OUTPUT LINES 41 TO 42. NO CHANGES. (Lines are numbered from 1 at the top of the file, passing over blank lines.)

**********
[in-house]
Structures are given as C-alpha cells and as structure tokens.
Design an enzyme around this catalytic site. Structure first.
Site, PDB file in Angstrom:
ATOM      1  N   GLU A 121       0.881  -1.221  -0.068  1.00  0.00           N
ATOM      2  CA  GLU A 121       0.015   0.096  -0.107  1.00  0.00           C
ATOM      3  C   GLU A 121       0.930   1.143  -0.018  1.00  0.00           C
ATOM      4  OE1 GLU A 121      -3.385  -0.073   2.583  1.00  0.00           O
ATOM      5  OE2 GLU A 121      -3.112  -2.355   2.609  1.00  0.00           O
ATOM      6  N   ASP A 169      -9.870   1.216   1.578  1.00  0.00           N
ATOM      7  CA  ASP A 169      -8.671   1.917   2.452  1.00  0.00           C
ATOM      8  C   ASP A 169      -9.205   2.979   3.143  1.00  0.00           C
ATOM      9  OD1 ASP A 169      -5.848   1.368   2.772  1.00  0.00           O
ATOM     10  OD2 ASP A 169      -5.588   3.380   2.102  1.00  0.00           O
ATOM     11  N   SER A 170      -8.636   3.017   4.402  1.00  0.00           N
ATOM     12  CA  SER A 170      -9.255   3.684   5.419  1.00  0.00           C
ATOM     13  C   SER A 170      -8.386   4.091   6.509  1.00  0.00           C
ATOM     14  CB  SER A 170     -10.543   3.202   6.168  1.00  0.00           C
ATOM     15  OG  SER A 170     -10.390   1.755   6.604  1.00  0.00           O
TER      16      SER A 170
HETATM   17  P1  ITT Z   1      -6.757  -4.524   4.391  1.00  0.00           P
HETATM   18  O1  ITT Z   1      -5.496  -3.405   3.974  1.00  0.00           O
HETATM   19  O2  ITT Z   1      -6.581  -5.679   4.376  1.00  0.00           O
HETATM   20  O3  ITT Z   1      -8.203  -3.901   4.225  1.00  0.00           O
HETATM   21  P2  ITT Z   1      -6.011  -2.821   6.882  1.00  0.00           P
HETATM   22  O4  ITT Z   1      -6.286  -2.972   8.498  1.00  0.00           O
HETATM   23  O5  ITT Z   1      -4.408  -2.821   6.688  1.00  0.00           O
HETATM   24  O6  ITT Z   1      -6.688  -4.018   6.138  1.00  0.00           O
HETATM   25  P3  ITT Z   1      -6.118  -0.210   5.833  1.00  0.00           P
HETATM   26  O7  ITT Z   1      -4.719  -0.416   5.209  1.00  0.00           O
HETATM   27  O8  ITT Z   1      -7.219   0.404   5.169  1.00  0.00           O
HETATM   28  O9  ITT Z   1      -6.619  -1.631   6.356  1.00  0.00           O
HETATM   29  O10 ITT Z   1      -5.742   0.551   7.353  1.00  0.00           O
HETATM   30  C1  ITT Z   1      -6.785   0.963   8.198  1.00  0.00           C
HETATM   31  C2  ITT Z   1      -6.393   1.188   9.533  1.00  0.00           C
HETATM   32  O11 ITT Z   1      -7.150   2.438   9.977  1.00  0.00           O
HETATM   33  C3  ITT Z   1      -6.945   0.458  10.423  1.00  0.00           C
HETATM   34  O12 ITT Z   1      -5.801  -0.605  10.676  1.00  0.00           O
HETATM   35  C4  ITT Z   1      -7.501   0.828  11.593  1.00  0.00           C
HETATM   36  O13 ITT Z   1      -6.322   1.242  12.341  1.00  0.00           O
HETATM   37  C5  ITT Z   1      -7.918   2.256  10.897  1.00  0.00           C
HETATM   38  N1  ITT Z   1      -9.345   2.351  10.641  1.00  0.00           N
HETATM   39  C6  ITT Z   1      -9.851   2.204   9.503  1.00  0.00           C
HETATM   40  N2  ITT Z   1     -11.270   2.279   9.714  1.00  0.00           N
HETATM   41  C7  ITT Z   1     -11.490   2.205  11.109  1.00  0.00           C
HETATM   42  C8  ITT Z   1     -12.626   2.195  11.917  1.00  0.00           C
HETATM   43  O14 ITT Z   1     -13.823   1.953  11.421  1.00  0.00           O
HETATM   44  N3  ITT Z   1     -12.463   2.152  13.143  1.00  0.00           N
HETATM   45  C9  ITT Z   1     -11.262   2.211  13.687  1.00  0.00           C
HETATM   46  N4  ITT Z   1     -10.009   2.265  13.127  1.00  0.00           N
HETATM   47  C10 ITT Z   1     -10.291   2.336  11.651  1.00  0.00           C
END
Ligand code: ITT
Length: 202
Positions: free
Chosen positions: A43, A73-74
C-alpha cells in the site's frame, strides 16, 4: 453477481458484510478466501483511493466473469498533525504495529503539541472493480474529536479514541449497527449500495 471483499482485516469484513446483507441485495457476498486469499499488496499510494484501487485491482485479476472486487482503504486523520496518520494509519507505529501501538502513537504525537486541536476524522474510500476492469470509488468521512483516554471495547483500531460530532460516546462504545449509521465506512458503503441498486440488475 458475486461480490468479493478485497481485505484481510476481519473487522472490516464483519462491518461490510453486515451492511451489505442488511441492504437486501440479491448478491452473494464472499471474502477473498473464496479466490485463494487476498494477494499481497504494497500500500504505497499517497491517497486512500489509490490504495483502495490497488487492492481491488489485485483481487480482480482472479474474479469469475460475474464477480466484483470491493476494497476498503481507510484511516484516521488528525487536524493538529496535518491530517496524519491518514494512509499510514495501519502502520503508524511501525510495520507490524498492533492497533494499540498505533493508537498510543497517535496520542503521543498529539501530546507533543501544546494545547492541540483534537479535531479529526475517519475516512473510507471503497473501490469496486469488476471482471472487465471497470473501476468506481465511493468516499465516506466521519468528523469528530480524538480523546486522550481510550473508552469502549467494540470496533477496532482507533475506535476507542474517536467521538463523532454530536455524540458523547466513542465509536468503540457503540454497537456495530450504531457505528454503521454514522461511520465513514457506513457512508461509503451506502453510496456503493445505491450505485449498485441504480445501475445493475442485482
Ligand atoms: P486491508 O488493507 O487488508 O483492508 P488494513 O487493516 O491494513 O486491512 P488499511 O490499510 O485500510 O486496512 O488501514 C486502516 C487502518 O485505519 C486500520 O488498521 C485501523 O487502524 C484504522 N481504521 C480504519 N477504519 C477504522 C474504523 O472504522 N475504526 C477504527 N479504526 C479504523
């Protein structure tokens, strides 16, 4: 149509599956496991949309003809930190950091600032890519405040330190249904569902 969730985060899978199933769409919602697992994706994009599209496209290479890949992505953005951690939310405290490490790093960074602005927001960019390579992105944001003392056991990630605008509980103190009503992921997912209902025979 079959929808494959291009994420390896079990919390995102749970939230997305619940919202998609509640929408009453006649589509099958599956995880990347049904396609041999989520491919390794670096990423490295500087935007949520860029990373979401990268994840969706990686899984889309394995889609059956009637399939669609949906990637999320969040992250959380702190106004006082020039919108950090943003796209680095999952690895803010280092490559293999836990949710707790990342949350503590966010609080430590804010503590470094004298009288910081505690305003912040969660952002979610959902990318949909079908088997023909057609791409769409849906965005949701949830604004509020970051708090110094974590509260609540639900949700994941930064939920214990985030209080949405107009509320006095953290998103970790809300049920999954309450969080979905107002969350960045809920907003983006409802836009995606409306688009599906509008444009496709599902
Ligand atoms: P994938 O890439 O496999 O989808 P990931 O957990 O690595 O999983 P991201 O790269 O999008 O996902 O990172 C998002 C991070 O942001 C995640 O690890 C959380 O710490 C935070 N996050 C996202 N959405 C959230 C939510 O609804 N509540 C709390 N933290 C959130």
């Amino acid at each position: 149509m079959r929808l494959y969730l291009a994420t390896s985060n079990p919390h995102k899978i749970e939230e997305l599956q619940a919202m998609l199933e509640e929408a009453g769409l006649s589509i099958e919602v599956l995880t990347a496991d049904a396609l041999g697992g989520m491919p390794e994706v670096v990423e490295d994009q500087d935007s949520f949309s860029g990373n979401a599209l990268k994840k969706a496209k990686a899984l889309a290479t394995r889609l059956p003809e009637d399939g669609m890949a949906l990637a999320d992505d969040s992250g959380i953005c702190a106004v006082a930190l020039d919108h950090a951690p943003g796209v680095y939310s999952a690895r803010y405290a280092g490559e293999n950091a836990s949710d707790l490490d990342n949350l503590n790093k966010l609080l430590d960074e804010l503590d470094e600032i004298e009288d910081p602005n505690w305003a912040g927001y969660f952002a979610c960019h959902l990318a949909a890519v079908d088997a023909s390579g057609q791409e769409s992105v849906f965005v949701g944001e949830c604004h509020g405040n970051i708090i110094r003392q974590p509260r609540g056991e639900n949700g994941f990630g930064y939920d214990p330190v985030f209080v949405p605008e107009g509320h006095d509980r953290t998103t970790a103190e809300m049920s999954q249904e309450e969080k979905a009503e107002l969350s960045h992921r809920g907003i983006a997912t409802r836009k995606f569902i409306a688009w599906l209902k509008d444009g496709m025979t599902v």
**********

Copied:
HETATM   37  C5  ITT Z   1      -7.918   2.256  10.897  1.00  0.00           C
HETATM   38  N1  ITT Z   1      -9.345   2.351  10.641  1.00  0.00           N